My latest trip to California was not designed to be a photo trip. My daughter finished college this summer. She is moving back to Texas. She wanted to do some last fun things in California. And, of course, there was packing. So, while I did some photography - it was on the back burner. I wasn't getting up at dawn to shoot (and dawn at Malibu this time of year is overcast). I hit the butterfly exhibit in Los Angeles at the heat of the day. While I got a few good shots, I had a lot that were not what I was hoping for. We made a few trips to the beach. At Point Dume I tried to use a fast shutterspeed to catch the power of the waves. Didn't really get anything that I thought was wonderful. I went to El Pescador and went back to trying to get silky waves. I had some success, but the feedback from the internet sites wasn't great (but I haven't published all of them.)

Debra was living in the upstairs of a beautiful house with a fantastic yard. I tried some still life shots inside -one designed for DPChallenge. My best shot of some copper pots had a blemish that needed cloning -against the rules for that challenge - so it didn't place well (of course it was top 20%, but . . . . . placing 100th out of 501 just isn't thrilling.) My outdoor still lifes of old watering pots, garden paths just didn't seem bright enough, colorful enough, etc.

Now I knew that I wasn't focusing on photography, but it was still frustrating to take series of shots where nothing seemed to be working. And I also know from experience that sometimes my shots need to "age". When you have just taken a sequence of shots, you remember what the setting looked like and you remember what you saw in the viewfinder. And when the photo does not capture the beauty you saw -whether from exposure, focus, etc - it is disappointing. Later, the memory of what you saw has dimmed and you can view the photo on its own merits.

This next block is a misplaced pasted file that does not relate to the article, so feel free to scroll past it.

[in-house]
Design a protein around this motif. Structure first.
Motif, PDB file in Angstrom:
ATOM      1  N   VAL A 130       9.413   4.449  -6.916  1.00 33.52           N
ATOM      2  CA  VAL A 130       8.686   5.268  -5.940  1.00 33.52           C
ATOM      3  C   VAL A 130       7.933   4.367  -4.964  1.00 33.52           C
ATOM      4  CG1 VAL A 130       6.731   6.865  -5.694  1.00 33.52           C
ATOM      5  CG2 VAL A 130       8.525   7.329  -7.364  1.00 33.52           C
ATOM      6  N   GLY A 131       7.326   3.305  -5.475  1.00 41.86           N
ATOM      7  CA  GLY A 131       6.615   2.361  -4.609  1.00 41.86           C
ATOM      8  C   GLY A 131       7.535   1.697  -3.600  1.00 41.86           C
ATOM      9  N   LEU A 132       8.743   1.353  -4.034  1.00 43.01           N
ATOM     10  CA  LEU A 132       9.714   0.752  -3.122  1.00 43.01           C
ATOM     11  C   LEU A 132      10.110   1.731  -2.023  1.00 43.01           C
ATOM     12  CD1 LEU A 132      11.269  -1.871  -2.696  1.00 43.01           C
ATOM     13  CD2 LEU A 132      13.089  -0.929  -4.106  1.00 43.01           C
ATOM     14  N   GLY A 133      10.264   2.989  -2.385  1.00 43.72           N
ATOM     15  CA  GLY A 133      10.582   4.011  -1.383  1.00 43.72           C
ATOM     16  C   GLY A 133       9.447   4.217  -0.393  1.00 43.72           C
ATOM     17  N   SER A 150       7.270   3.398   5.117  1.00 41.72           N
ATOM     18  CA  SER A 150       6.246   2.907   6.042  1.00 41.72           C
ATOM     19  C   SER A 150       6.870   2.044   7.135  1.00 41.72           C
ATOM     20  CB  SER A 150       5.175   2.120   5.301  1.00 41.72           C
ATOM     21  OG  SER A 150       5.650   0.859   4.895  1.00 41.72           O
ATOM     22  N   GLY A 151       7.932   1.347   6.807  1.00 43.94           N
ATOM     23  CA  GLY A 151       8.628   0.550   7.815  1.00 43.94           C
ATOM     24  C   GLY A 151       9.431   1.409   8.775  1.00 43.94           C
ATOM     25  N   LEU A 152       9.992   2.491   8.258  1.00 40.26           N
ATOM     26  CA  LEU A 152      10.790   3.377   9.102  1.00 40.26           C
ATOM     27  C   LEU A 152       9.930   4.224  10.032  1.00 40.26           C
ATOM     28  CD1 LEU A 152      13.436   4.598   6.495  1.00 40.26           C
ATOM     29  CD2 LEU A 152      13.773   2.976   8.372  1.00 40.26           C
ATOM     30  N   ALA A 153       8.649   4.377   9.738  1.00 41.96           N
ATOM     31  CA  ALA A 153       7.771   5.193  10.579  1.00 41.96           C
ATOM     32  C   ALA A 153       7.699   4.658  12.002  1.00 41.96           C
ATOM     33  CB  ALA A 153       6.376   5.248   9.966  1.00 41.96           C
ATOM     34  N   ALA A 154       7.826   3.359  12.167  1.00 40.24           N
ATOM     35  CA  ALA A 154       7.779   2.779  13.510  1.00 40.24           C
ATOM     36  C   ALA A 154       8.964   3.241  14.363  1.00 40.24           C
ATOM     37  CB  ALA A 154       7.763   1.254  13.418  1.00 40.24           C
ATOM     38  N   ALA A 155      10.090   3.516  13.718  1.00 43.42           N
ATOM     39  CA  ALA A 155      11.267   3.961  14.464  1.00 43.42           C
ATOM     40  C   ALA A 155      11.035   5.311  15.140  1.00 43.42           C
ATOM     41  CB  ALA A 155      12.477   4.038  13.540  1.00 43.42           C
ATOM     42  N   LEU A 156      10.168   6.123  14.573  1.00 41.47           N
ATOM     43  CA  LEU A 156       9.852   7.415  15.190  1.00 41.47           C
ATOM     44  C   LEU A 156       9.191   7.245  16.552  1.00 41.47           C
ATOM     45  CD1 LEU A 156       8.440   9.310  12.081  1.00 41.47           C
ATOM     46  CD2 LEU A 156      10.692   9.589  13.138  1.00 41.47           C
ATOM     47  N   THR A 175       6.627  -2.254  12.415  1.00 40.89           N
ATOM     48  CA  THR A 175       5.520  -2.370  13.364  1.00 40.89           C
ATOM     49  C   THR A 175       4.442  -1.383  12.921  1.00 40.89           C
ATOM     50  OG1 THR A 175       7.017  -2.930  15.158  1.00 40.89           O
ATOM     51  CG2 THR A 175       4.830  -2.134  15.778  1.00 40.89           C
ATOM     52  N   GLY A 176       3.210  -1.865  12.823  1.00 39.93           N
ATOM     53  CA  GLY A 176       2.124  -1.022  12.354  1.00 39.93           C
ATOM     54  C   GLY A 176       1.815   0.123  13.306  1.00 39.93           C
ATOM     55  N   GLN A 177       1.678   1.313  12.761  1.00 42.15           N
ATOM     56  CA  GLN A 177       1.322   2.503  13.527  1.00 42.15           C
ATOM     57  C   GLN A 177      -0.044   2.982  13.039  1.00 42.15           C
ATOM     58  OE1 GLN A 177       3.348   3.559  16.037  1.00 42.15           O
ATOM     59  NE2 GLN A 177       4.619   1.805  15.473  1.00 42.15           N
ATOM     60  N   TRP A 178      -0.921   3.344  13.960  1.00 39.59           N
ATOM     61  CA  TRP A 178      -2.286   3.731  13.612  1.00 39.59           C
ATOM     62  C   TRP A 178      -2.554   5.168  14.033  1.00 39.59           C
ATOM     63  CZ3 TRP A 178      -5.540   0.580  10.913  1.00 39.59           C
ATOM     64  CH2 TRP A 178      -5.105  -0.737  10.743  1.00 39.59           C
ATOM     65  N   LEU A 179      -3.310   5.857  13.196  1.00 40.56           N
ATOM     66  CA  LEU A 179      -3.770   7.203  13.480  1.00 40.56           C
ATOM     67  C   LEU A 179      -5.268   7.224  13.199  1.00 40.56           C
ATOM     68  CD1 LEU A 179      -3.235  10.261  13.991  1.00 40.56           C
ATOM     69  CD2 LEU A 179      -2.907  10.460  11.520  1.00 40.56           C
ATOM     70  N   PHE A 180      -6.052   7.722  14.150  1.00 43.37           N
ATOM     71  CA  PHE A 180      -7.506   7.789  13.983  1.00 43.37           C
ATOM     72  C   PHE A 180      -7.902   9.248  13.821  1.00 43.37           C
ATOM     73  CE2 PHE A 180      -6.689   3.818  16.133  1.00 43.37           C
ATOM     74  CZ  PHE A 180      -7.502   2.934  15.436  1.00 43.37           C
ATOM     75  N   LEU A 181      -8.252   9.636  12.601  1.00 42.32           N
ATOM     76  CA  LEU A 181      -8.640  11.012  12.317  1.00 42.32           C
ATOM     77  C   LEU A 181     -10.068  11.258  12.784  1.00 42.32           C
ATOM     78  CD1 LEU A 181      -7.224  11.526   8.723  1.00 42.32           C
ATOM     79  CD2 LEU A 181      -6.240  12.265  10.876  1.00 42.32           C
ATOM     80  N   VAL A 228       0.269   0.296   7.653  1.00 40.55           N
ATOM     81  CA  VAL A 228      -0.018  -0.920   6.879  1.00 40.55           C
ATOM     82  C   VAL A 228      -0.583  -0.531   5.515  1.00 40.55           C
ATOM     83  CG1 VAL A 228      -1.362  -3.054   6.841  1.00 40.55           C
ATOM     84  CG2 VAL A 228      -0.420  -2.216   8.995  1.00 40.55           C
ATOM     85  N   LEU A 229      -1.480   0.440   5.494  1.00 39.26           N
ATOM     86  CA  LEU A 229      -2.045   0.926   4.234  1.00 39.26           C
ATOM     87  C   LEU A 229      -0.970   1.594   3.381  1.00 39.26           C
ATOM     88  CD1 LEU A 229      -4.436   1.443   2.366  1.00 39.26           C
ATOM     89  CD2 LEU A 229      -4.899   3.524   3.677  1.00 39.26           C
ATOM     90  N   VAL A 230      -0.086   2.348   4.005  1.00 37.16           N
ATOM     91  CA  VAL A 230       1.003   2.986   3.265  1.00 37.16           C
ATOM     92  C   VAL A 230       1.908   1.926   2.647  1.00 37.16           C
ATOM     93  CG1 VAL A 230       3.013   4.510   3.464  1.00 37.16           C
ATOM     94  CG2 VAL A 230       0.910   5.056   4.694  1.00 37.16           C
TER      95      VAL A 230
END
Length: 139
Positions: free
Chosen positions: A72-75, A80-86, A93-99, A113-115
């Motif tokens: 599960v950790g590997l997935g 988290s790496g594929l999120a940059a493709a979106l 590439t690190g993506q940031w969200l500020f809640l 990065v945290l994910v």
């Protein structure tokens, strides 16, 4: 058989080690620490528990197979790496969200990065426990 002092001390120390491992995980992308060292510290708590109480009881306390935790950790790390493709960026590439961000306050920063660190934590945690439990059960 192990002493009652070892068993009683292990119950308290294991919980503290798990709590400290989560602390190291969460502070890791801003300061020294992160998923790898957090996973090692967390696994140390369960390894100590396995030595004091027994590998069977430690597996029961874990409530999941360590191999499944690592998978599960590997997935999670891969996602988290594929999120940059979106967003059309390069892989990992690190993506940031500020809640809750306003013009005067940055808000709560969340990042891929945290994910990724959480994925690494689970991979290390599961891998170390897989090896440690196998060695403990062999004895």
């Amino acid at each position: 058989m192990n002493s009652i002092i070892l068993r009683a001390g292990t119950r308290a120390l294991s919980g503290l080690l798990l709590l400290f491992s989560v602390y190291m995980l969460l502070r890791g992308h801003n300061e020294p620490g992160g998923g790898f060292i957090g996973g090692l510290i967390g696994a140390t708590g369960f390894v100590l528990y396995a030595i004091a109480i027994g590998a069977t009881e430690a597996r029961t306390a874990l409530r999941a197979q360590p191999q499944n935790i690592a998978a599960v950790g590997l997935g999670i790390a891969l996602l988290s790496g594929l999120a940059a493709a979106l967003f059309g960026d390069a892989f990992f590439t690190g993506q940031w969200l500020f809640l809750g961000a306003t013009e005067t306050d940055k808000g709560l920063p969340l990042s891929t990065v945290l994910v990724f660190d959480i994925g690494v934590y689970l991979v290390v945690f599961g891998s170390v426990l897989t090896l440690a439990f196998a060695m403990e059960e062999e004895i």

The last couple of days of the trip, things picked up. We made it to El Matador beach. Lighting was great. I got some shots of the waves through an ocean cave. My daughter let me take some shots of her in a new dress - and she started having fun posing. (And she does not let me take her photo often.)

The last few days, I took some additional shots around the house and yard, and some of them look like they worked.

But since I did not do a lot of processing as I went along . . . . . it will take a while to find the gems (assuming there are some.)

I find that I get some instant gratification when I can take a sequence of shots and then find one or two to post to the online contests and get some "winners." There is some let down when none feel quite good enough. Let's hope that when I get started seriously working the shots, that like cream, some good ones will rise to the surface.

Friday, July 15, 2005

Home Again

Getting home after a long trip is a mixed blessing. I tend to come home tired, and there are usually a set of tasks that will need attention. Piles of mail await, but I chose not to deal with that today.

We got in late last night, and I had business to attend to immediately. When I got back in the early afternoon, the tired feeling hit. I did manage to do a little bit on those pesky income taxes. WIll finish one set of them probably tomorrow. But my mind was pretty cloudy today. I resisted the urge for a nap.

When I got to my home Curves, I was rewarded with lost inches and pounds - which was a good way to start my day.

I think I'm going to veg in front of the TV tonight and hope to wake up with a clearer head tomorrow.

Tuesday, July 12, 2005


Today was "Load the trailer - get ready to leave day." Even with helpers from the local day worker pool, getting everything unloaded from living quarters and packed into a trailer is tiring. Our helpers were wonderful - they were polite, eager to do whatever we wanted. The trailer is full to the gills, but the car still has some room.